BRUSSELS—Belgian authorities arrested Salah Abdeslam on Friday in Brussels after a four-month, international manhunt, capturing the last remaining suspected assailant in the Paris terror attacks.
The arrest is a coup for the Belgian authorities, providing what could prove to be a break for investigators because not one of the nine bombers and gunmen was captured alive.
Mr. Abdeslam is alleged to have been the logistical chief of the Nov. 13 operation, who rented cars and rooms used by the terrorists—his brother among them—and drove some of them to their targets on the night of the rampage, which killed 130 people.
French police suspect he abandoned his own deadly mission that night, dumping his suicide vest in the trash, leaving his rental car and calling two friends back in Belgium to come and get him.
But it will also raise uncomfortable questions about how he evaded capture for so long while apparently moving around under the noses of investigators in the Belgian capital since the attacks, and how extensive his support network was.
On at least two occasions Mr. Abdeslam narrowly escaped the clutches of police, leaving his fingerprints behind.
But the trail appeared to have gone cold until Belgian and French investigators stumbled upon an apartment on Tuesday, where gunmen immediately opened fire on them. Belgian officials said they believe Mr. Abdeslam was there at the time.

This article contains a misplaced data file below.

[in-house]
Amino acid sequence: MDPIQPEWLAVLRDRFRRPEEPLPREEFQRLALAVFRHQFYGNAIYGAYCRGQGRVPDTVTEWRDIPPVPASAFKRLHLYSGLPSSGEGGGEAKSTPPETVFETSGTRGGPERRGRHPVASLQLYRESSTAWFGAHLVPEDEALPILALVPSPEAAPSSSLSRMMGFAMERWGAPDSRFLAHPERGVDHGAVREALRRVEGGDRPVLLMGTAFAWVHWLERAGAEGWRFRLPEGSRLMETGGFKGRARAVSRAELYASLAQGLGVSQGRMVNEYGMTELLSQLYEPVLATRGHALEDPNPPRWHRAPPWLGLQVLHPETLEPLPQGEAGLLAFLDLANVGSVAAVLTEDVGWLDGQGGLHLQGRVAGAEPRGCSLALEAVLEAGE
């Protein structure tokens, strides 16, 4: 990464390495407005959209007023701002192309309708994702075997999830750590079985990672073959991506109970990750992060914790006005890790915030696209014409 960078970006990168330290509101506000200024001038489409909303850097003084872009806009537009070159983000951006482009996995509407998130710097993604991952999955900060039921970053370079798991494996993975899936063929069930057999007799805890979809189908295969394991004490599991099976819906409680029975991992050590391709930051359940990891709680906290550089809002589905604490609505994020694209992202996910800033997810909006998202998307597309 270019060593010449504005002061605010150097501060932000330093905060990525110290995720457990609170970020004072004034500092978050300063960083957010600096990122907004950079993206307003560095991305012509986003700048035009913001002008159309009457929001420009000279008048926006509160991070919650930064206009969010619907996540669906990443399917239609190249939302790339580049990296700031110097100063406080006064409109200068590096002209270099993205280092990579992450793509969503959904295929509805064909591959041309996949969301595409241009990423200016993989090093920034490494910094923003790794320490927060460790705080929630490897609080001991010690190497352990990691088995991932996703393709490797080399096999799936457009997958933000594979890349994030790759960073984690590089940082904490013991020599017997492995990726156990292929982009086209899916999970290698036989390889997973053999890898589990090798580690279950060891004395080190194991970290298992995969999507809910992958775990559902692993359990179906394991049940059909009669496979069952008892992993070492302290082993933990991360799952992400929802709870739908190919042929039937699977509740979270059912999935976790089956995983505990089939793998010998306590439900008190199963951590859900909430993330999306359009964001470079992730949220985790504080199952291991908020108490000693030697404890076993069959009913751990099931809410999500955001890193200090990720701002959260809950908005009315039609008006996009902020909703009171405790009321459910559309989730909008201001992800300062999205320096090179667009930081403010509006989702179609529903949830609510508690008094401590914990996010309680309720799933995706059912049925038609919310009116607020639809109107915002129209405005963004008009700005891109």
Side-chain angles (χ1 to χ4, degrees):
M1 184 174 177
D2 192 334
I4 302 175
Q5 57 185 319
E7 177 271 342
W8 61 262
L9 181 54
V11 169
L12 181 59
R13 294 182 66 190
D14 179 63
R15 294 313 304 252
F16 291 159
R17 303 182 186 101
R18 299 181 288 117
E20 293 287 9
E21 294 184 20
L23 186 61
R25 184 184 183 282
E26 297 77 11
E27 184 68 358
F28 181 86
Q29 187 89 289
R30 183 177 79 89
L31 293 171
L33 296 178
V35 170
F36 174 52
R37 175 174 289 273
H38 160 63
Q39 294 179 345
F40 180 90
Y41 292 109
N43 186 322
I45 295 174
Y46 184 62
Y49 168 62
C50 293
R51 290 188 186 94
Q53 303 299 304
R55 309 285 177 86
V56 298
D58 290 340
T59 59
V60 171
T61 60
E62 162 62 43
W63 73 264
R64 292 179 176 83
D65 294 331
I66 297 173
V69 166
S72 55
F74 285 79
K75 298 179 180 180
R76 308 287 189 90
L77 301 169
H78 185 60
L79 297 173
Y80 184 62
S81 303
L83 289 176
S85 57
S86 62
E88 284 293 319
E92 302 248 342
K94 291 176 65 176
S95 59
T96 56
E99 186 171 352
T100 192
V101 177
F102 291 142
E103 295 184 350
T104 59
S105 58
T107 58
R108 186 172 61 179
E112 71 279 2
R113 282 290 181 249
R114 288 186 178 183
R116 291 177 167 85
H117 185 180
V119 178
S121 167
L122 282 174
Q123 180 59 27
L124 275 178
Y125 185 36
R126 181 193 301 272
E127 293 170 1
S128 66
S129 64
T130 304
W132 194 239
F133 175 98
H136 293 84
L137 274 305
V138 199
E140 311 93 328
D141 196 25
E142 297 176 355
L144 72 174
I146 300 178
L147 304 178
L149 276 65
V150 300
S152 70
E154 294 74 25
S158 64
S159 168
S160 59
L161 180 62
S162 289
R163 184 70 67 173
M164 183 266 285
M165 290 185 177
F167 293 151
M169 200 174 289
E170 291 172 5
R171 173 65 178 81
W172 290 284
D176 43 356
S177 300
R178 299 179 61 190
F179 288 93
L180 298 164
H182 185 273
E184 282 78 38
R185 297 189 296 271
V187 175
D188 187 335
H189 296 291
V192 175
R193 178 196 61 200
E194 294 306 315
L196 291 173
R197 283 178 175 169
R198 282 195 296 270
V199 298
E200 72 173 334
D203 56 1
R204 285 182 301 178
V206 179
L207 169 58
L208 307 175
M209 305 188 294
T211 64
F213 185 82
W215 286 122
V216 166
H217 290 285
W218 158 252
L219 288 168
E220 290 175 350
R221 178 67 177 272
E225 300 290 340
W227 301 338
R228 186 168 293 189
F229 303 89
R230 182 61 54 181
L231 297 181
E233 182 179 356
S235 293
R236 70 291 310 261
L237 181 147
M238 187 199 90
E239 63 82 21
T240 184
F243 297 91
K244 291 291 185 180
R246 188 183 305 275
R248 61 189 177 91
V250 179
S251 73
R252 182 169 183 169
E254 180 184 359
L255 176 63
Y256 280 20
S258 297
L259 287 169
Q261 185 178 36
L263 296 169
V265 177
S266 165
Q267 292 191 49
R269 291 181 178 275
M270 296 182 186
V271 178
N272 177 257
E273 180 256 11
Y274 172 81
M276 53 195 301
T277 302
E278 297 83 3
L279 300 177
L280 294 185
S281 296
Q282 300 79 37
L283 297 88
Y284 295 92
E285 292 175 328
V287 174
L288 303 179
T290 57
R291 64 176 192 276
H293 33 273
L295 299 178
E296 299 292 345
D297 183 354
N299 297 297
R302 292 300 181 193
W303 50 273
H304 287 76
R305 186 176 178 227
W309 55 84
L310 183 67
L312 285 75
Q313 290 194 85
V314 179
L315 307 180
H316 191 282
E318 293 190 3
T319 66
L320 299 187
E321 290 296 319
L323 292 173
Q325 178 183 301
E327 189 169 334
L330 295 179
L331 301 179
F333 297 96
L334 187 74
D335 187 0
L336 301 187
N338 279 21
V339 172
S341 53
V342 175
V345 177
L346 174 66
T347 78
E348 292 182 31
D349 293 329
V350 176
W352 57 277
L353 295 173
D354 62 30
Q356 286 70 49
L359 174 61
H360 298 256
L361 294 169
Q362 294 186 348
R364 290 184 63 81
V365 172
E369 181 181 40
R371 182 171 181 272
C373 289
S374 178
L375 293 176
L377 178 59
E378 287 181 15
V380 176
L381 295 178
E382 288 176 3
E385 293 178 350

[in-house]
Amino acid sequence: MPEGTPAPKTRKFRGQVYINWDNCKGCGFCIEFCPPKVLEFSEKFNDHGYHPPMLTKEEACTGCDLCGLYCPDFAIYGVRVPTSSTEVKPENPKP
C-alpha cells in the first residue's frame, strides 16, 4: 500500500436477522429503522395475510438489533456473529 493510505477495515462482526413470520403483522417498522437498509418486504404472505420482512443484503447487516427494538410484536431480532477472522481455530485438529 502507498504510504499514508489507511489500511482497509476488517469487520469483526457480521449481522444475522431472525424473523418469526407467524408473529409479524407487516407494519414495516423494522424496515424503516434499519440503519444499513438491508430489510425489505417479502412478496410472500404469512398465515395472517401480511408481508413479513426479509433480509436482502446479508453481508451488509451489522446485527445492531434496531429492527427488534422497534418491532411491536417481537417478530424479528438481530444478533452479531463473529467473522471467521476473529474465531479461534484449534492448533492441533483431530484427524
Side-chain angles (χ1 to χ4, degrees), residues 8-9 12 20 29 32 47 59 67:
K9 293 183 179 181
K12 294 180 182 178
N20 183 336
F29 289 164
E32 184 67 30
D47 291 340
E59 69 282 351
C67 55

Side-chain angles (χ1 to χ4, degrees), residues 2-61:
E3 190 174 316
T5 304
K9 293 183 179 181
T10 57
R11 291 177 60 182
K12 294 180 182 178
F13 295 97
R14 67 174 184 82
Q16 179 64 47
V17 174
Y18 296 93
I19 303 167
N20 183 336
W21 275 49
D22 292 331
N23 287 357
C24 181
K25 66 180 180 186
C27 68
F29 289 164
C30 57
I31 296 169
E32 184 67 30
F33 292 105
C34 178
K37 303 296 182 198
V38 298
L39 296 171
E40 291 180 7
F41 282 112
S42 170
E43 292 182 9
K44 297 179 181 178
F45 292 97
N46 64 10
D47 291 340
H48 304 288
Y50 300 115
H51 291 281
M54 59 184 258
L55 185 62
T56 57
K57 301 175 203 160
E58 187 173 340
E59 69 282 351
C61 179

Friday afternoon, an elite police team of at least seven officers raided a house in Molenbeek, the central Brussels district where Mr. Abdeslam and several of the dead attackers had lived, and which has been a focus of police raids since.
Police ordered him to stop when they entered the building, but he and another man tried to flee. Police then opened fire, injuring both in the legs.
Prosecutors identified the other man as Amin Choukri, but said he used many aliases. Three other people were also arrested on suspicion of sheltering the two.
French President François Hollande said the terrorist threat is far from being over. “We have to continue,” he said. “We clearly see that these terrorist groups are still armed.”
Mr. Hollande said authorities would ask for Mr. Abdeslam’s extradition to France, which Belgian officials said they expected to grant.
There is no guarantee Mr. Abdeslam will answer questions from the police. Other accused terrorists, like the man who was accused of trying to kill people on a high-speed train to Paris before being tackled by U.S. military service members, have refused to cooperate with investigators.
For victims’ families, the arrest represents a possibility that one of the perpetrators would finally face justice.
“I don’t feel any hatred or anger,” said Gregory Reibenberg, the owner of La Belle Equipe, a bistro where 19 people were killed. “The others won’t do any more harm, and now neither will he.”
While U.S., French and other officials had expressed frustration at the pace of the Belgian investigation, the arrest triggered praise from abroad, President Barack Obama was briefed on the arrest and spoke to Mr. Hollande and Belgian Prime Minister Charles Michel.